NCERT Solutions for Class 12 Accountancy Chapter 3: Download in PDF
NCERT Solutions for Class 12 Accountancy Chapter 3: Stepwise and easy NCERT Solutions for Class 12 Accountancy Chapter 3, Reconstitution of a partnership firm- Retirement/Death of a partner are present here for free download in PDF.
Chapter 3 of NCERT Accountancy textbook talks about reconstitution a firm in case of retirement and death of a partner. The chapter includes discussion on Gaining ratio, Treatment of Goodwill, Journal entries to be made in either of the case present above and much more. Consistent practise of NCERT questions can help you score good marks in upcoming CBSE Board Exams 2024.
CBSE has deleted some topics from Accountancy NCERT textbook. To check revised CBSE Syllabus, click on the link below.
NCERT Solutions for Class 12 Accountancy Chapter 3 are presented below:
Short Answer Questions:
1.What are the different ways in which a partner can retire from the firm.
Ans. Different ways in which a partner can retire from the firm are:
a.By consent of all partners- A partner can retire if all of his/her co-partners give in their consent about his/her retirement. A partner must take consent from his/her co-partners prior to his/her retirement.
b.By signing the express agreement- A partner can retire from the firm if it so mentioned in the partnership deed/agreement by expressing his/her intention of retirement, through a notice to co-partners.
c.By giving a written notice-When partnership among partners is through will, a partner can retire by writing a notice to co-partners and informing them about his/her intentions of retirements.
2.Write the various matters that need adjustments at the time of retirement of a partners.
Ans. Retirement of partner brings the need of adjustment in various matters listed below:
a.Treatment of goodwill;
b.Revaluation of assets and liabilities;
c.Adjustment in respect of unrecorded assets and liabilities;
d.Distribution of accumulated profits and losses;
e.Ascertainment of share of profit or loss up to the date of retirement/death;
f.Adjustment of capital, if required;
g.Settlement of the amounts due to retired/deceased partner
h.Ascertainment of new profit sharing ratio and gaining ratio
3.Distinguish between sacrificing ratio and gaining tab.
Ans. Gaining ratio can be defined as the ratio of share acquired by co-partners on retirement/death of a partner. On the other hand, sacrificing ratio is the ratio of profit sacrificed/surrendered by existing partner in case of admission of a new partner. In gaining ratio, partner’s share of profit is in surplus while in sacrificing ratio, the partner’s share of profit is in loss. Gaining ratio is calculated by subtracting old share from new share and sacrificing ratio can be calculated by subtracting new profit sharing ratio by old profit sharing ratio. Mathematically, it can be written down as:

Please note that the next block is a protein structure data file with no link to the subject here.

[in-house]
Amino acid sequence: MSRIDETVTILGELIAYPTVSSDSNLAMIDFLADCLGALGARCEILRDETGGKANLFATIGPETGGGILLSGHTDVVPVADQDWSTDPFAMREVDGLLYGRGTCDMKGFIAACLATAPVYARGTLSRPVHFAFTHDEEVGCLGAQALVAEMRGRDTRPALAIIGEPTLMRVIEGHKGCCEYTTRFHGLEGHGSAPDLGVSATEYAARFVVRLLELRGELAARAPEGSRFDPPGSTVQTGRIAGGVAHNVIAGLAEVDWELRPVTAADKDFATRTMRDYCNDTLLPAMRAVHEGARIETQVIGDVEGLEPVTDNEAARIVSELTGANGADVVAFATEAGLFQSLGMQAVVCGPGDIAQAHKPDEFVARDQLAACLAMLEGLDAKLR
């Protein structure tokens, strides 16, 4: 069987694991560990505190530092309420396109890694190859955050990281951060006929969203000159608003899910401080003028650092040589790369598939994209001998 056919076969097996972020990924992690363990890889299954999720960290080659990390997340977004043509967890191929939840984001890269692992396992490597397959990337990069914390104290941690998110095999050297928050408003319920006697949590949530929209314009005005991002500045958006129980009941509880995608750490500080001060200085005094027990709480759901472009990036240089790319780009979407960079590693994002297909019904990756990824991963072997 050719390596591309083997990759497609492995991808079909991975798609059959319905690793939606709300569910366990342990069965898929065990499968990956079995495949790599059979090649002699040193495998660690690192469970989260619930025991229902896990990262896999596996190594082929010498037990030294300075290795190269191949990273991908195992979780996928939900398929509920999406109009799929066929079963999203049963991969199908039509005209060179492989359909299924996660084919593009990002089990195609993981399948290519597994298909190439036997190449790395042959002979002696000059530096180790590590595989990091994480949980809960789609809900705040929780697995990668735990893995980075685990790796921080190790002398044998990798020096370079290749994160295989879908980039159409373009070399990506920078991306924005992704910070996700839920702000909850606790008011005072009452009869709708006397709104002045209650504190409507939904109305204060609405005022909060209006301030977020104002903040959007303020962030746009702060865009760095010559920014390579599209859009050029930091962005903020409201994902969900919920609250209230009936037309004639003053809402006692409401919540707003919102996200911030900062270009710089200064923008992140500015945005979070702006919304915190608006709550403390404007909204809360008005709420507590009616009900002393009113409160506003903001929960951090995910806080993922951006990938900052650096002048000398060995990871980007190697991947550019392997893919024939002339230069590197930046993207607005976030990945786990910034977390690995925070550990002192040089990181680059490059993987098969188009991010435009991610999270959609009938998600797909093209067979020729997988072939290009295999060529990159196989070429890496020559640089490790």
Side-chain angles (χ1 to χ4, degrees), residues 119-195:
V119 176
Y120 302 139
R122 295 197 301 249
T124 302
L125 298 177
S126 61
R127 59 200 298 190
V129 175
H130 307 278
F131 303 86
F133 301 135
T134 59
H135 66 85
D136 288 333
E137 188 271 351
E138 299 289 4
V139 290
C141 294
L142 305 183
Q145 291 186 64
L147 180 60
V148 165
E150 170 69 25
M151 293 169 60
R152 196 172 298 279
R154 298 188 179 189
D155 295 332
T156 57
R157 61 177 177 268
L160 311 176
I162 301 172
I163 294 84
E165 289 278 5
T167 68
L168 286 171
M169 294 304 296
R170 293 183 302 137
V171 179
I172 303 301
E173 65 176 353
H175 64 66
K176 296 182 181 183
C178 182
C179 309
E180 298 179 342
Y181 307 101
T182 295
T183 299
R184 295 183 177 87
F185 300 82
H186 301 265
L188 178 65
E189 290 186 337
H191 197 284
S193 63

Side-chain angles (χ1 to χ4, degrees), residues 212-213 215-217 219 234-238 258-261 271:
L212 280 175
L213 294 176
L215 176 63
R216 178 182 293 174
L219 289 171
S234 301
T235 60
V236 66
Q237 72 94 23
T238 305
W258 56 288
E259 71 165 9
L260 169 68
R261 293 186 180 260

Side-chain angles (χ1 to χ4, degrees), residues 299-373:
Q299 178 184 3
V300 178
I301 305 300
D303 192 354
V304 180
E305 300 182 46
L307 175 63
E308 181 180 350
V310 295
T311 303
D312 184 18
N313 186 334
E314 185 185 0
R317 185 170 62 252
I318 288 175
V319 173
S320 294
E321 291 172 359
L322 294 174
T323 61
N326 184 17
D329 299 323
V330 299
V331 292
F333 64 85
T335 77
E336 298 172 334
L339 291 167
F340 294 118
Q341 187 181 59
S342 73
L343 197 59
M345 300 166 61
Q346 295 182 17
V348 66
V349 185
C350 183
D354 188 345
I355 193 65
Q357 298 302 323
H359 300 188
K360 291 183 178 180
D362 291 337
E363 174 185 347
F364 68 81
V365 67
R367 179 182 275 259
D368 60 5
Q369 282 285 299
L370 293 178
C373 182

Gaining ratio = New share - old share
Sacrificing ratio= New profit sharing ratio - Old profit sharing ratio
Gaining ratio is calculated when the new profit sharing ratio of the continuing partners is specified and sacrificing ratio is calculated when there is a new admission in the partnership firm and amount of goodwill brought by new partner is transferred among the old partners.
4.Why do firm revaluate assets and reassures their liabilities on retirement or on the event of death of a partner .
Ans. After retirement or death of a partner it becomes essential to revaluate assets and liabilities to know about the actual worth of the company. The revaluation is done till the date of retirement/registered date of death of the partner, which means current date has to be taken. During this time period, some assets and liabilities might have gone unrecorded, there might have been an increase or decrease in the value of those assets and liabilities. Since all these changes are important for a firm to keep its book updated, it is essential to revaluate assets and liabilities whenever possible. Revaluation can have either positive or negative impact on a firm. Therefore, it is significant to keep a check on true worth of assets/liabilities of a firm.
5.Why a retiring/deceased partner is entitled to a share of goodwill of the firm.
Ans. Goodwill of a company is brought by experience, struggle, connections, efforts of every partner in the firm. Thus, a retiring/deceased partner is entitled to a share of goodwill of the firm to compensate for the merit and reputation brought in by the partner(s) together for the firm. After retirement/ death of a partner all the merits are shared by the existing/old partner’s and to respect the contribution made by the partner who left the partnership, a share from goodwill is entitled to him/her.
Long Answer Questions
1.Explain the modes of payment to a retiring partner.
Ans. After the retirement of a partner, a sum has to be transferred or given to the retiring partner. The following mode of payments are used:
- When retiring partner is paid cash in full.
Retiring Partners’ Capital A/c Dr.
To Cash/Bank A/c
- When retiring partners’ whole amount is treated as loan.
Retiring Partners’ Capital A/c Dr.
To Retiring Partners’ Loan A/c
- When retiring partner is partly paid in cash and the remaining amount treated as loan.
Retiring Partners’ Capital A/c Dr. (Total Amount due)
To Cash/Bank A/c (Amount Paid)
To Retiring Partners’ Loan A/c (Amount of Loan)